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J Street Evangelicals Use Conference To Push Anti-Semitic Tropes

As this year’s J Street conference begins, I’ve obtained a speech from last year’s—from a conference panel called “Working with Christian Communities Towards a Room Two-State Solution.” The speaker in question is Serge Duss, Director of the New Century Evangelicals Project, and the theory at issue is that modern Jews are not descended from Biblical Jews:

The misconception that most Evangelicals have, particularly conservative Evangelicals – I consider myself a progressive Evangelical – is what we learned in Sunday school. And what we learned in Sunday school about the Old Testament and particularly King David, we have carried forward three, four, five thousands years, where there is a belief that the modern state of Israel and modern Israelis are the extension of the Children of Israel of the Old Testament. You, only you – I can’t, but only you can disabuse Evangelicals of that mythology. How many rabbis I’ve heard say in settings, ‘We are not the Hebrews, the Children of Israel of the Old Testament’? And unless conservative Evangelicals particularly hear that message from Jews in America today and Israelis in Israel, minds will not be changed.

Under the most innocent reading Duss was merely calling for J Street’s Jewish attendees to use their Jewish identity to undermine support for Israel. That would be a telling advocacy, and here it’s worth noting that J Street organizers appreciated Duss so much that they brought him back this year. Instead of trying to expand the pro-Israel tent to include more people, J Street seems committed to isolating Israel and Israelis by undermining existing their support from American Jews and Christians.

But there’s very little innocent here. Denying the connection between ancient and modern Jews is, according to conspiracy theory expert Bob Blaskiewicz, “a precursor to the type of rationalization of Christian Identity theology, that the ‘Jews’ are imposters claiming the Chosen People status properly owned by the white American Christian male.” It’s a scientifically disproven canard that anti-Semites have used for centuries to disinherit Jews theologically and politically.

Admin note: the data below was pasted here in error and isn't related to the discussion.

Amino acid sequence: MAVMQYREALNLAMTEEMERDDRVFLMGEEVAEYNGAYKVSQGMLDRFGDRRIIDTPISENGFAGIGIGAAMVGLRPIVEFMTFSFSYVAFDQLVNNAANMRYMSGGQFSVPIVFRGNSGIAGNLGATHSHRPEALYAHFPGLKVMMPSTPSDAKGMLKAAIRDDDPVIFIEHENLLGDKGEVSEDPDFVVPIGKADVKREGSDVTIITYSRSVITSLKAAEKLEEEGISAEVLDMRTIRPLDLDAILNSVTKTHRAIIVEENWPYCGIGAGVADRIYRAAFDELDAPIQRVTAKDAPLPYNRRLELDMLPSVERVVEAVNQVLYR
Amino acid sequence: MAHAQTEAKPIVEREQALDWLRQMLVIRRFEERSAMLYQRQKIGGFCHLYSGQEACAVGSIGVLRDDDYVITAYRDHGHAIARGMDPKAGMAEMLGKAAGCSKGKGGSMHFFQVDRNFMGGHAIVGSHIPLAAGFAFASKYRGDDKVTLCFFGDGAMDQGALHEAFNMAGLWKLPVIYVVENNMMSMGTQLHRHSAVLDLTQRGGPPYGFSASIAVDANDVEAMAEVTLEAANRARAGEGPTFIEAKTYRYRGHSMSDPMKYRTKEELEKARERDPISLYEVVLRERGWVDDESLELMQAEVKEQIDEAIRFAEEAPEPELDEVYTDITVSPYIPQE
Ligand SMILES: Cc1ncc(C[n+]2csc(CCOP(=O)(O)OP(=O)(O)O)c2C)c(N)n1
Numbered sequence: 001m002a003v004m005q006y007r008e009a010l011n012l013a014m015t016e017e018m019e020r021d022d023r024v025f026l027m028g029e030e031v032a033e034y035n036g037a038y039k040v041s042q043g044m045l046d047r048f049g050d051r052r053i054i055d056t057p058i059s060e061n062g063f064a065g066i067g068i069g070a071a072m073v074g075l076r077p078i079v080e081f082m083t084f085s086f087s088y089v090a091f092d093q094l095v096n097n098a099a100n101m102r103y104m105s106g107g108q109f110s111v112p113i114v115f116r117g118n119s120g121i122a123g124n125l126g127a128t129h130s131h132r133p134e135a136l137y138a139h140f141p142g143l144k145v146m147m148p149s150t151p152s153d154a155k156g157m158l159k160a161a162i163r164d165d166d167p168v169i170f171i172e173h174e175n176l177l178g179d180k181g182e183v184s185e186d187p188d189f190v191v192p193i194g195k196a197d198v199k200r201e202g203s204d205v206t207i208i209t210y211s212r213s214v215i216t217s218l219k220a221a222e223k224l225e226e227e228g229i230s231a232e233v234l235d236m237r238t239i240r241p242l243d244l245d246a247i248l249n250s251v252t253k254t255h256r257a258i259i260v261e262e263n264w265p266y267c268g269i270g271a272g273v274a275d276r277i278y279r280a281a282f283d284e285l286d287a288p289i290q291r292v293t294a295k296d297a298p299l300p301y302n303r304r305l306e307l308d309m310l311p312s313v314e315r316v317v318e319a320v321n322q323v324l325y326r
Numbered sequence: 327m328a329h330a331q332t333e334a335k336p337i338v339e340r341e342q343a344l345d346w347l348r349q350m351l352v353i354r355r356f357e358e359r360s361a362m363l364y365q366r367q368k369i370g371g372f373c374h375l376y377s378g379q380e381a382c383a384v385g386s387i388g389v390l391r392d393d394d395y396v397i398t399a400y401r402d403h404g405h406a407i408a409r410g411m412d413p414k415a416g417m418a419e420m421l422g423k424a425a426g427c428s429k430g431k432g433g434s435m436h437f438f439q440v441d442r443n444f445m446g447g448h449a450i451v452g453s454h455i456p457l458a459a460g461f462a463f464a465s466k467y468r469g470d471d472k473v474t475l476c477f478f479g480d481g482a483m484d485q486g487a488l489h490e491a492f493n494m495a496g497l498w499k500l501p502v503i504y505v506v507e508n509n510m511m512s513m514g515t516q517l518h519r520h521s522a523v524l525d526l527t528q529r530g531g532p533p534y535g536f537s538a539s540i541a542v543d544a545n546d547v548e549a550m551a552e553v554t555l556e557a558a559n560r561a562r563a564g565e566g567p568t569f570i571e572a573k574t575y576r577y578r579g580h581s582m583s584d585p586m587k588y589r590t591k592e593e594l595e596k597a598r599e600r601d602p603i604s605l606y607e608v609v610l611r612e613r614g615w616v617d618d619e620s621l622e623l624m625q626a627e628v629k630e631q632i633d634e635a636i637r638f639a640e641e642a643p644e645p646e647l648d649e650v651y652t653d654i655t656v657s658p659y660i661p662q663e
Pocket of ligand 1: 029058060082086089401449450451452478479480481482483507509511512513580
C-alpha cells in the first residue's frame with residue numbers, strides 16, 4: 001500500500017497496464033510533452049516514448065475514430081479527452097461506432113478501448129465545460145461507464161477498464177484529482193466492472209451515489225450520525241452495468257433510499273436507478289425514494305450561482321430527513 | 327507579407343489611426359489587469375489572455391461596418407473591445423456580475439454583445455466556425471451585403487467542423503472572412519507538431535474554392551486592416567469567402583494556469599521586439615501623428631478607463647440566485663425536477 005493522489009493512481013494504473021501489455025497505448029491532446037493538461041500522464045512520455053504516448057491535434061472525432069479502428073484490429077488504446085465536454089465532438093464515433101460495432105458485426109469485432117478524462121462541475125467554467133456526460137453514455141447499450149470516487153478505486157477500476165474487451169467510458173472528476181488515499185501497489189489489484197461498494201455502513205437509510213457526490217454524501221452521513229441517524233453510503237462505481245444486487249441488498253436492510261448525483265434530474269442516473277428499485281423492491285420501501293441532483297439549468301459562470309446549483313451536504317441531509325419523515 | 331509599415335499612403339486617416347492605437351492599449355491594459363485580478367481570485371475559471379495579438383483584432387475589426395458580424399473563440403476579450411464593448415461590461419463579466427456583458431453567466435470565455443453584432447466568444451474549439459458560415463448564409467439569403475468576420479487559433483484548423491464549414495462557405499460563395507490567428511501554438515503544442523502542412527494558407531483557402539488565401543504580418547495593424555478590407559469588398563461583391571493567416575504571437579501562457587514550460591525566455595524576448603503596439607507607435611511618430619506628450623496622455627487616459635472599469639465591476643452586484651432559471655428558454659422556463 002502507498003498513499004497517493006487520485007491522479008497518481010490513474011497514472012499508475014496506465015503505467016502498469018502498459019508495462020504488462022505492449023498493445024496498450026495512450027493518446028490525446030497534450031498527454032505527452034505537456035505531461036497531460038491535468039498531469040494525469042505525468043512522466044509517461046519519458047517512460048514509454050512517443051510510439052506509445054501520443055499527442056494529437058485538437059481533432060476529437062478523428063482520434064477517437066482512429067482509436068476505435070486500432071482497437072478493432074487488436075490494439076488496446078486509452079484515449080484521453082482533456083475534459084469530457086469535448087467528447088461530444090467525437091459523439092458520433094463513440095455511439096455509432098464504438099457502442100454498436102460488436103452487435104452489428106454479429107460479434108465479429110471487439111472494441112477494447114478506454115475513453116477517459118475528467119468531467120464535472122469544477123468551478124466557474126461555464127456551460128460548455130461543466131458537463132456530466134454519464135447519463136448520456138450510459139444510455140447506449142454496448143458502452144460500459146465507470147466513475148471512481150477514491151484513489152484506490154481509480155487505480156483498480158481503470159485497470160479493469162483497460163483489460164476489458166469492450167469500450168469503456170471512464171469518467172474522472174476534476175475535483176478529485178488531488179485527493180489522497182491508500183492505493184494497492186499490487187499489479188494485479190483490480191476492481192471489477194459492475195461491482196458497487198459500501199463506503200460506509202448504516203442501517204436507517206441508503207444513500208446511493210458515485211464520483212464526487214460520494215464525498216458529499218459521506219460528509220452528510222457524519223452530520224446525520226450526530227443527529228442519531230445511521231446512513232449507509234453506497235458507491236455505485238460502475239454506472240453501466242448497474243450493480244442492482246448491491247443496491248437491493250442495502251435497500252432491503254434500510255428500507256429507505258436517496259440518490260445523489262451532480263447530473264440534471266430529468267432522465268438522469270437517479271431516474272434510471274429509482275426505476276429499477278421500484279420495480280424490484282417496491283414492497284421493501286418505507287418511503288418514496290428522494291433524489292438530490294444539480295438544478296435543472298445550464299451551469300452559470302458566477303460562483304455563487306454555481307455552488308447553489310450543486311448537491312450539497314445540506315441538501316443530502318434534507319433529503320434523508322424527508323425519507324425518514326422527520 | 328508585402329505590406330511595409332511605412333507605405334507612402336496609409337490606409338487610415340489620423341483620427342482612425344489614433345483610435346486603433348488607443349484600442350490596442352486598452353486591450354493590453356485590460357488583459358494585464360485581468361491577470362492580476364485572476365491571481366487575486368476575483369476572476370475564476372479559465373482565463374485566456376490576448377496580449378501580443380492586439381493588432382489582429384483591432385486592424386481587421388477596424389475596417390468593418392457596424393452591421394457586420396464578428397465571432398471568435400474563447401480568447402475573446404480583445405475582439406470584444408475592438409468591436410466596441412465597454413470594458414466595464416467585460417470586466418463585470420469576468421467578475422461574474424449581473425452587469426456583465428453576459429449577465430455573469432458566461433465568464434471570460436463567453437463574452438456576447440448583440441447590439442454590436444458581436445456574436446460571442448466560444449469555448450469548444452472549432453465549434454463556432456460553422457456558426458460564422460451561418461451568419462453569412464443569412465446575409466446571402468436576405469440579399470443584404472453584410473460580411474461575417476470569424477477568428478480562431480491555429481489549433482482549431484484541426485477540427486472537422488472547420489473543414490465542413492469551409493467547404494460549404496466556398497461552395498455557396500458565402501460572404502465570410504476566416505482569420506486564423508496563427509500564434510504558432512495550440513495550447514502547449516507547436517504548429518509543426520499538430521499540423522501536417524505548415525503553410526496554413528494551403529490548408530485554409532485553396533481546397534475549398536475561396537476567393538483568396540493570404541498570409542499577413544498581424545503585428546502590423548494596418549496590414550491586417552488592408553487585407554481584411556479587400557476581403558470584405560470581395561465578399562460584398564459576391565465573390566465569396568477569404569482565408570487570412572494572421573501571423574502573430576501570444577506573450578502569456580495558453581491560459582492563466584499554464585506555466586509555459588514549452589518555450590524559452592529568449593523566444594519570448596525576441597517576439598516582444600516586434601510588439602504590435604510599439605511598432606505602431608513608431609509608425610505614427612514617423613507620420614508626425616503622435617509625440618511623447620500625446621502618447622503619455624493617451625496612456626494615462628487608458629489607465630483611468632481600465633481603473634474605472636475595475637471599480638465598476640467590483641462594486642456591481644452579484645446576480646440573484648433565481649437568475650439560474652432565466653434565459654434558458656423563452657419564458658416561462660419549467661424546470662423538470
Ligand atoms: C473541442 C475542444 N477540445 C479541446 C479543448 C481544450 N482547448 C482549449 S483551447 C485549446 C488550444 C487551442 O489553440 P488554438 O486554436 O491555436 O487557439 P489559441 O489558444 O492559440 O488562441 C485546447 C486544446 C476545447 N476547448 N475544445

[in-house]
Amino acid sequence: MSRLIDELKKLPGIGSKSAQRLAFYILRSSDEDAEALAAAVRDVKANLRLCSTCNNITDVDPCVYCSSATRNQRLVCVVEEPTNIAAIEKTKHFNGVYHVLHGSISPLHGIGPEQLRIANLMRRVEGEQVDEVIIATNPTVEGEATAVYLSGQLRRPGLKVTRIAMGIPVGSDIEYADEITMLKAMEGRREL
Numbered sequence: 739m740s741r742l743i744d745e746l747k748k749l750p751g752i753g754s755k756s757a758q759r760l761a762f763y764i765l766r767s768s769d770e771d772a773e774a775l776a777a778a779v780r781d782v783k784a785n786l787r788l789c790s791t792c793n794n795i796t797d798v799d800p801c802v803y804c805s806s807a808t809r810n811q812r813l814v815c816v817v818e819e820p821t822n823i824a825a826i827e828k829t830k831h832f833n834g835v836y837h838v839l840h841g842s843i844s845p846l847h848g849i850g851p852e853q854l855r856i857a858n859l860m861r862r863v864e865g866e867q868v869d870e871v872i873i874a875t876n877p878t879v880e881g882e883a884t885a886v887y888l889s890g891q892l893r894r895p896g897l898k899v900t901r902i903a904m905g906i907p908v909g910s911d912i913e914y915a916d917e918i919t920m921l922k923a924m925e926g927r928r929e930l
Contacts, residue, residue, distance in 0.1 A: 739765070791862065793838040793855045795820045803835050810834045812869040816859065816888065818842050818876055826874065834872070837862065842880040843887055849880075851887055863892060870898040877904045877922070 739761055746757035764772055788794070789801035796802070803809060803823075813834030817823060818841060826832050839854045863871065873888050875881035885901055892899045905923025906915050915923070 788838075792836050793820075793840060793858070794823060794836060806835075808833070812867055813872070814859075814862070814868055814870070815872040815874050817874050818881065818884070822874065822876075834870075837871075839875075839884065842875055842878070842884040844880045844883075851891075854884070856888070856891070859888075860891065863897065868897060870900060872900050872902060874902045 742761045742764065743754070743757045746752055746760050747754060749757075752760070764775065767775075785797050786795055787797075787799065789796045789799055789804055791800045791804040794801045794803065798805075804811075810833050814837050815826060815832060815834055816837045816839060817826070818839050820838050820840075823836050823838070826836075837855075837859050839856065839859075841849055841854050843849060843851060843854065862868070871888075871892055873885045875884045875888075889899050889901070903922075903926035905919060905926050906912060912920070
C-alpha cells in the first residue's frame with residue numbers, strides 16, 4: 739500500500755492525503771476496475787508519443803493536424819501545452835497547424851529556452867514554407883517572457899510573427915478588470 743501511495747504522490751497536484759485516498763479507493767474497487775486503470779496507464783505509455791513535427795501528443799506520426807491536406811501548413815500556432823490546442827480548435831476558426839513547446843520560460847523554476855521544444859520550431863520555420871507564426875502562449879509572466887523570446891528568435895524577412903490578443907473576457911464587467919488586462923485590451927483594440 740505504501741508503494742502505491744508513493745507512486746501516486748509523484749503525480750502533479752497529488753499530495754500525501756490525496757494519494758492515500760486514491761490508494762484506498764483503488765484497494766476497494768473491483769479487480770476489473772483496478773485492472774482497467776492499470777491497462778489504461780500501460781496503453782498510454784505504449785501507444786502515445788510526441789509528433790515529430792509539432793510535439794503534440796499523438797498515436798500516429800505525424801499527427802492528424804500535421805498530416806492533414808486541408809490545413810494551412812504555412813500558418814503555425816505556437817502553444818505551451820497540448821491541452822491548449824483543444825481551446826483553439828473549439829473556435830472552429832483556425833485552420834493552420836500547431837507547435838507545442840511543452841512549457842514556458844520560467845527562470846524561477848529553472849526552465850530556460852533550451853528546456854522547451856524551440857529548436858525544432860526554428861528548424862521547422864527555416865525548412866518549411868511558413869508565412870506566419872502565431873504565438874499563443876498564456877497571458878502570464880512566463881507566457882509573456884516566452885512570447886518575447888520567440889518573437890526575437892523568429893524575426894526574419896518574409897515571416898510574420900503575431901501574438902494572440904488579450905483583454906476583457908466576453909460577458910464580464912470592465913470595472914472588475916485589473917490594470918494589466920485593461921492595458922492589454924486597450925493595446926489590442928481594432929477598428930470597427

At its most explicit, the theory holds that contemporary Jews are descendents of non-Semitic Khazars who converted to Judaism. The Anti-Defamation League has an extended backgrounder on how the claim has played out in modern anti-Semitic movements. You can find it in the wild on Holocaust-denying WWII revisionist sites, in the forums of Protocols-obsessed David Icke, and on one of the Internet’s most notorious conspiracy theory cesspools. Note how quickly the writers transition from the theory itself into how it undermines the legitimacy of the Jewish State.

Duss’s notion that “modern Israelis are [not] the extension of the Children of Israel of the Old Testament” has entered the leftwing anti-Israel evangelical world via at least two routes. Among Christian Palestinians the Khazar theory has long been promoted by Mazin Qumsiyeh, who is heavily tied to the anti-Israel Arab Christian circuit. In the United States it was picked up by the Israel-Palestine Mission Network, a particularly nasty organ of the Presbyterian Church USA, and inserted into booklets based on a 2008 book by Israeli professor Shlomo Sand. From Sand it hopped elsewhere in the evangelical world, until by 2010 you had Palestinian Lutheran minister Mitri Raheb declaring at an evangelical conference that he’s descended from King David while Netanyahu has no Jewish blood and “comes from an East European tribe who converted to Judaism in the Middle Ages.”

Duss was a little ambiguous in his J Street speech, so no one knows whether he was specifically gesturing toward the Khazar theory and its political implications. It’s not impossible that Duss was just being metaphorical. Instead of intentionally using an anti-Semitic dog whistle to undermine American evangelical support for Israel, he would have been vaguely invoking a classically anti-Semitic trope to undermine American evangelical support of Israel.

Either way, by the standard J Street president Jeremy Ben-Ami set when he condemned the imagery in Netanyahu’s AIPAC speech, even metaphorical anti-Semitism would still leave J Street deeply complicit.